In this Book

Contested Nature
summary
How can the international conservation movement protect biological diversity, while at the same time safeguarding the rights and fulfilling the needs of people, particularly the poor? Contested Nature argues that to be successful in the long-term, social justice and biological conservation must go hand in hand. The protection of nature is a complex social enterprise, and much more a process of politics, and of human organization, than ecology. Although this political complexity is recognized by practitioners, it rarely enters into the problem analyses that inform conservation policy. Structured around conceptual chapters and supporting case studies that examine the politics of conservation in specific contexts, the book shows that pursuing social justice enhances biodiversity conservation rather than diminishing it, and that the fate of local peoples and that of conservation are completely intertwined.

Table of Contents

  1. Cover
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  1. Frontmatter
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  1. Title Page
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  1. Contents
  2. pp. v-viii
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  1. Preface
  2. pp. ix-xiv
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  1. Acknowledgments
  2. pp. xv-xvi
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  1. 1. Contested Nature: Conservation and Development at the Turn of the Twenty-first Century
  2. pp. 1-22
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  1. Part I: Politics, Power, and Social Justice in Biodiversity Conservation
  2. p. 23
  1. 2. The Winding Road: Incorporating Social Justice and Human Rights into Protected Area Policies
  2. pp. 25-40
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  1. 3. Exploring the Political Contours of Conservation: A Conceptual View of Power in Practice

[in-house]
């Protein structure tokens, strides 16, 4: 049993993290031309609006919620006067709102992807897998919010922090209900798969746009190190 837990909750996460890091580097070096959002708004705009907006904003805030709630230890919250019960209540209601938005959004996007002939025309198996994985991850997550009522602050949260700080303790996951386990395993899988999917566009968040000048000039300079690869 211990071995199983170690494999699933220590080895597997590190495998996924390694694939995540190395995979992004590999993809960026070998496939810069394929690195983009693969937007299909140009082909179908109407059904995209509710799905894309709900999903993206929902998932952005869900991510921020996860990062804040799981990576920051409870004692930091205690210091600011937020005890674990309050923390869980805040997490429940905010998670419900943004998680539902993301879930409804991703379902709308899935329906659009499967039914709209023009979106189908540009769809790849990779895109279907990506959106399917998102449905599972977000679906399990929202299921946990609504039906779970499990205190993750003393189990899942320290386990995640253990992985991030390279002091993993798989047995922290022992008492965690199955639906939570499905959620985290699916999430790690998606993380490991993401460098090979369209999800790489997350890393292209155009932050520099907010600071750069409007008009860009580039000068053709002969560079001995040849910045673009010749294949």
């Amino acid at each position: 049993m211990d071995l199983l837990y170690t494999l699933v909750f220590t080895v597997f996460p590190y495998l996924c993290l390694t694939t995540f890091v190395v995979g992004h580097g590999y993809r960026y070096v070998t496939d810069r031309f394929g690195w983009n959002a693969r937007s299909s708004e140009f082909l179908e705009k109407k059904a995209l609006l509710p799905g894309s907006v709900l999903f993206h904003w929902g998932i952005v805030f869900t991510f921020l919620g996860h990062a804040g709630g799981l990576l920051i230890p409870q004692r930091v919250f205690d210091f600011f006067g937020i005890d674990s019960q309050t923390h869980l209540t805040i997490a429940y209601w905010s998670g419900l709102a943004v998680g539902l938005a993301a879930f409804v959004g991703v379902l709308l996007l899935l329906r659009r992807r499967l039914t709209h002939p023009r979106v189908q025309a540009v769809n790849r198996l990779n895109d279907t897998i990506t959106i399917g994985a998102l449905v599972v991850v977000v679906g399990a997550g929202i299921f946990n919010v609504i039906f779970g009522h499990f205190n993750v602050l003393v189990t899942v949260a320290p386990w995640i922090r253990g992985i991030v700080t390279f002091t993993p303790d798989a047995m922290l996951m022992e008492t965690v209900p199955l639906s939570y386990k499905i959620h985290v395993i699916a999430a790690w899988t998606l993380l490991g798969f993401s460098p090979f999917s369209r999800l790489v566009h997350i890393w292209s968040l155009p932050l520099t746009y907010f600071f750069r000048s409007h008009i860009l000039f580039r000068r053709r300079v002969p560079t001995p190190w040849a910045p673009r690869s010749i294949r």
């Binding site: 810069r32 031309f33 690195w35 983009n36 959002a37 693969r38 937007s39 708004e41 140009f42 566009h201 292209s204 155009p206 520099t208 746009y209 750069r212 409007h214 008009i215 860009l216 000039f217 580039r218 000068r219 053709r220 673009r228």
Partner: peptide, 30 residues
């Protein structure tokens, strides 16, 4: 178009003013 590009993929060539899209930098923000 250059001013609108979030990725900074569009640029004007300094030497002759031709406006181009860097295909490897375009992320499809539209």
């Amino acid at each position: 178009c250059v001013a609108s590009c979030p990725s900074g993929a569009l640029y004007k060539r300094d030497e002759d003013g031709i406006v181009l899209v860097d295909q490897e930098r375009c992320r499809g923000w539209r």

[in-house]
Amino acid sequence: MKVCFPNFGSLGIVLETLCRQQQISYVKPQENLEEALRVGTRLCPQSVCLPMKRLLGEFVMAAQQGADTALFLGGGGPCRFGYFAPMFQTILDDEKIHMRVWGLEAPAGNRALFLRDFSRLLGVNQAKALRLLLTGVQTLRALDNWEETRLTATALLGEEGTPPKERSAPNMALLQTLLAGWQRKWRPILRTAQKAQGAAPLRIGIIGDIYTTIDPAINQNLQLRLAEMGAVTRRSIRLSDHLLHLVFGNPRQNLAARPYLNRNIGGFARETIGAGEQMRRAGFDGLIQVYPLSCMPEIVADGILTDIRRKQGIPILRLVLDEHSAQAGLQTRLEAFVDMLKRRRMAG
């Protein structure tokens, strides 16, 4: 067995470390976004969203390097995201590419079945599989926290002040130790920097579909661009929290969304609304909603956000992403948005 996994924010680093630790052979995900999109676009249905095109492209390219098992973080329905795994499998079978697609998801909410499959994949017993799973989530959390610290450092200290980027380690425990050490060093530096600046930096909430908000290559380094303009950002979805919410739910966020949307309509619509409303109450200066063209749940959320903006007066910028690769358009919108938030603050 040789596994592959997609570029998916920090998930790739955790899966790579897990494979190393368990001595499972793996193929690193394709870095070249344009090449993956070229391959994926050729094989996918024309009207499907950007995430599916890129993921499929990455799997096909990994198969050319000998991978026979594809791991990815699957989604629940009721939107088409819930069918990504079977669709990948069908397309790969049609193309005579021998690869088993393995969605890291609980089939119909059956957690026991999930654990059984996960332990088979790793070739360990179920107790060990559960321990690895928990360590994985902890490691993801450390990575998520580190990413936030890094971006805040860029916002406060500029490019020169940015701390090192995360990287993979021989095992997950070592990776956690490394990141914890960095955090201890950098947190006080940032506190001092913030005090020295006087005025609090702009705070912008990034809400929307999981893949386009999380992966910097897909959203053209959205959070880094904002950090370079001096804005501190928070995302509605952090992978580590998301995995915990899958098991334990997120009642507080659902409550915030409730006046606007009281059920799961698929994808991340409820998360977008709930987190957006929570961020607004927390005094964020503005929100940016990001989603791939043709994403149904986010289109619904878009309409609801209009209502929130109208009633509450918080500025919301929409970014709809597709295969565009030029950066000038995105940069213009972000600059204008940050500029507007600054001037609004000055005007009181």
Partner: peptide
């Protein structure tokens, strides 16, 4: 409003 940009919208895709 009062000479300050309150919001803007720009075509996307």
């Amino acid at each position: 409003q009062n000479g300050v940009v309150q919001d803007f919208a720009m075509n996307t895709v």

2. pp. 41-57
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  1. 4. Wandering Boundaries and Illegal Residents: The Political Ecology of Protected Area Deforestation in South Sumatra Indonesia from 1979 to 1992
  2. pp. 59-71
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  1. 5. Territory, Nature, and Culture: Negotiating the Boundaries of Biodiversity Conservation in Colombia’s Pacific Coastal Region
  2. pp. 73-88
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  1. 6. Unmasking the “Local”: Gender, Community, and the Politics of Community-Based Rural Ecotourism in Belize
  2. pp. 89-101
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  1. 7. The Political Economy of Ecotourism: Pendjari National Park and Ecotourism Concentration in Northern Benin
  2. pp. 103-115
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  1. 8. Privatizing Conservation
  2. pp. 117-135
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  1. 9. The Political Ecology of Bioprospecting in Amazonian Ecuador: History, Political Economy, and Knowledge
  2. pp. 137-155
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  1. Part II: Institutions, Organizations, and Participatory Processes: Conceptual Tools for Constructing Biodiversity Conservation with Social Justice
  2. p. 157
  1. 10. Crafting Conservation Globally and Locally: Complex Organizations and Governance Regimes
  2. pp. 159-182
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  1. 11. The Regional Approach in Northern Madagascar: Moving Beyond Integrated Conservation and Development
  2. pp. 183-194
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  1. 12. Scaling Up from the Grassroots: NGO Networks and the Challenges of Organizational Maintenance in Mexico’s Yucatán Peninsula
  2. pp. 195-215
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  1. 13. Your Park, My Poverty: Using Impact Assessment to Counter the Displacement Effects of Environmental Greenlining
  2. pp. 217-229
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  1. 14. The Challenges and Rewards of Community-Based Coastal Resources Management: San Salvador Island, Philippines
  2. pp. 231-249
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  1. 15. The Road Less Traveled: Toward Nature Protection with Social Justice
  2. pp. 251-270
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  1. Works Cited
  2. pp. 271-309
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  1. List of Contributors
  2. pp. 311-313
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  1. Index
  2. pp. 315-321
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